It’s Time for Murkowski to Leave the Dark Side and Join the Dems

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Susan Walsh/AP/Bloomberg/Getty
Susan Walsh/AP/Bloomberg/Getty

When I grow up, I’d like to be Lisa Murkowski. In the meantime, could the Democratic Party adopt her?

She needs a new home. Over the weekend, the three-term senator was disinherited by her GOP family in Alaska. The state Republican party voted 58-17 to support a primary challenge by Kelly Tshibaka, a middling, right-wing, pray-away-the-gay former state official who Donald Trump calls “MAGA all the way.”

If he hasn’t already, Chuck Schumer should be racing off to offer Murkowski, who’s already considered leaving the GOP, shelter in place. Don’t be too proud to beg, or bribe. Promise her a good seat on the most important committee. Pledge to make her race a top priority. Ask Barack Obama to invite her for dinner.

That’s how party switches are done: carrots dangled, spinach held, with promises of a second marriage so happy she will wonder why she stayed so long in the first. In recent years, Senators Richard Shelby, Joe Lieberman, Jim Jeffords, and Arlen Specter have crossed over. Ronald Reagan began as a Hollywood Democrat and union leader who worshipped FDR. He switched to the GOP in 1962 and the rest is history.

The Squishy Sadness of the Last Moderate Republicans

It’s not her father’s party Murkowski belongs to. Frank Murkoswki, now 88, served two terms in the U.S. Senate, and one as governor from 2002 to 2006. He appointed his daughter to fill out his term. Frank was conservative but not conservative enough. Voting against gays in the military wasn’t enough to counter his support for gay rights. The governor was primaried in 2006 by, drum roll, Sarah Palin, who took his place in the statehouse from which she could see Russia and catch the eye of John McCain.

Now it’s not that Lisa Murkowski isn’t conservative enough, it’s that she isn’t Trump enough. Crossing the aisle would solve problems for her and Democrats. She’s already friends with many, including Joe Manchin. The party could afford to lose his vote if it gains her. A workhorse not a show horse, she’s close to members of the bipartisan women’s supper club who cross party lines all the time. Sen. Amy Klobuchar doesn’t agree with Murkowski on everything but on vacation in the Land of the Midnight Sun, her family went to see Murkowski’s. The Republican votes Murkowski will lose for speaking up against Trump she will get from Democrats for being brave enough to do so.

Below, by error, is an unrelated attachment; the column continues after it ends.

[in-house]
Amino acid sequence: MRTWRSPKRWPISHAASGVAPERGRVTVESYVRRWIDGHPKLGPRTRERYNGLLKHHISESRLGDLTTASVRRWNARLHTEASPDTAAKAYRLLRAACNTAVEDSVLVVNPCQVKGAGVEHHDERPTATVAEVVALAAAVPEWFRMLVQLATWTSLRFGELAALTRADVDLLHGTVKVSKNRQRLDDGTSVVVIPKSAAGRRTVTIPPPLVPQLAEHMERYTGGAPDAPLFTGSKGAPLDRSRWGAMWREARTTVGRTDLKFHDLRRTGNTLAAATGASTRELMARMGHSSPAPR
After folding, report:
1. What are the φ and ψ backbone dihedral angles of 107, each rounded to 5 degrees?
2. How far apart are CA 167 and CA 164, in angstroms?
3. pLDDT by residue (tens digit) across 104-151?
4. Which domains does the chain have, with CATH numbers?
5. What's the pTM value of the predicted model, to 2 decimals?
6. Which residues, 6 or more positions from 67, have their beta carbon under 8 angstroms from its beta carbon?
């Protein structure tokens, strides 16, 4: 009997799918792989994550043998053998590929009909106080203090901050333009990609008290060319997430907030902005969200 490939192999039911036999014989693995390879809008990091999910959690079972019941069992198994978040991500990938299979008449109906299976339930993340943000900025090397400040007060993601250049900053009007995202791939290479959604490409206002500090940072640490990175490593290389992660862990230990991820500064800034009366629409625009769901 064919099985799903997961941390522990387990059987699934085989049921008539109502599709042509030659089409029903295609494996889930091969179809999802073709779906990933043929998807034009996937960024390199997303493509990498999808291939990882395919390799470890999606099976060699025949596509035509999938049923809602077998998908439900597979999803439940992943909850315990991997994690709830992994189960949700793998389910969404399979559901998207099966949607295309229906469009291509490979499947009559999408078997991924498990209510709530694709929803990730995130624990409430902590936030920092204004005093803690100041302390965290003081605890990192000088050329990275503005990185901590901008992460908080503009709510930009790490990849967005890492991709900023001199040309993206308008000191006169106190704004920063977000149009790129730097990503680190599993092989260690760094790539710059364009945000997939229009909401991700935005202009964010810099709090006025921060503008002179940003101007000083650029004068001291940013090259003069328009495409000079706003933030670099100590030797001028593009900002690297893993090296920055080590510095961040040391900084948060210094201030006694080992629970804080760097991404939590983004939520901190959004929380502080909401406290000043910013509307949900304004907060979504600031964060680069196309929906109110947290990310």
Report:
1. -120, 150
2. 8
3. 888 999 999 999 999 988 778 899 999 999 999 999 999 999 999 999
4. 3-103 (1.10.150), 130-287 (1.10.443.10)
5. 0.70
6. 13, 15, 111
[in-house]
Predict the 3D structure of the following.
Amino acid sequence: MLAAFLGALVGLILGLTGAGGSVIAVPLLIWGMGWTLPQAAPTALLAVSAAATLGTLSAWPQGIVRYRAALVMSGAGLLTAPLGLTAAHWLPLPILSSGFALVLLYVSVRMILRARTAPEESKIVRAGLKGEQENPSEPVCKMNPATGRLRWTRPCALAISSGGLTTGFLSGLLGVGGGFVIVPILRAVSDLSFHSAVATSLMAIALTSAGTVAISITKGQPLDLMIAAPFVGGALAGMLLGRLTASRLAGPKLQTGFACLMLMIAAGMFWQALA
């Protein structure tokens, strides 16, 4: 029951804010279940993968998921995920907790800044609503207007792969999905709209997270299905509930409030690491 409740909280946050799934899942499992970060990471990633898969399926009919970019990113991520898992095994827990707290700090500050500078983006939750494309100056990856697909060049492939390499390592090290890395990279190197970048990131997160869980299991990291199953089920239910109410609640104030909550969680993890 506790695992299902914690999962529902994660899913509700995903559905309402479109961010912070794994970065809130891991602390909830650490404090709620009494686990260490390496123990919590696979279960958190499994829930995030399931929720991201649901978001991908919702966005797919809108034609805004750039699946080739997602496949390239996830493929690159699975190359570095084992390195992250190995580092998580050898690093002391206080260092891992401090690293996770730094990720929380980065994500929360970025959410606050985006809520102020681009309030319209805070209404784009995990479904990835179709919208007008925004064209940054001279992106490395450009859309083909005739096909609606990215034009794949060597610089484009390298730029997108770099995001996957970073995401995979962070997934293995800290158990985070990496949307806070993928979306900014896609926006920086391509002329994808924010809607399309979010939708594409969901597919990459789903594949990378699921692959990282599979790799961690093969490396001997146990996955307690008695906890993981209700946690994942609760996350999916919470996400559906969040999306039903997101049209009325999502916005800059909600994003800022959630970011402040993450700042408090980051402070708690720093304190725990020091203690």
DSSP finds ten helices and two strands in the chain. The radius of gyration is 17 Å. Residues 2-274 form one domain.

Unlike Palin, Murkowski doesn’t dress moose, or sheathe herself in waders to catch salmon for the cameras, but she can do what has to be done. When Palin, at the height of her superpowers, struck again in 2010, she backed Tea Party candidate Joe Miller in a primary against the younger Murkowski. Murkowski lost but quickly did what no one had since Strom Thurmond in 1954 and launched a long-shot write-in candidacy. She won and then won again in 2016 with Trump at the top of the ballot.

Trump turned into a more formidable enemy than Palin, who up and resigned 18 months before her term was up amid questions about her political ethics. He’s been out to get Murkowski since he discovered she had a conscience and wasn’t afraid to exercise it, unlike Maine’s Sen. Susan Collins, who talks a good game but then votes for Brett Kavanaugh. Murkowski took the hit for her “no” vote on Kavanaugh but Trump didn’t vow to defeat her until former Pentagon chief Jim Mattis chastised Trump for dividing the country and Murkowski called his words “true and honest and necessary and overdue.” Trump remained afraid of Mattis, so took his fury out on Murkowski. “Few people know where they’ll be in two years from now,” Trump tweeted, “but I do, in the Great State of Alaska (which I love) campaigning against Senator Lisa Murkowski. Get any candidate ready, good or bad, I don’t care, I’m endorsing. If you have a pulse, I’m with you!”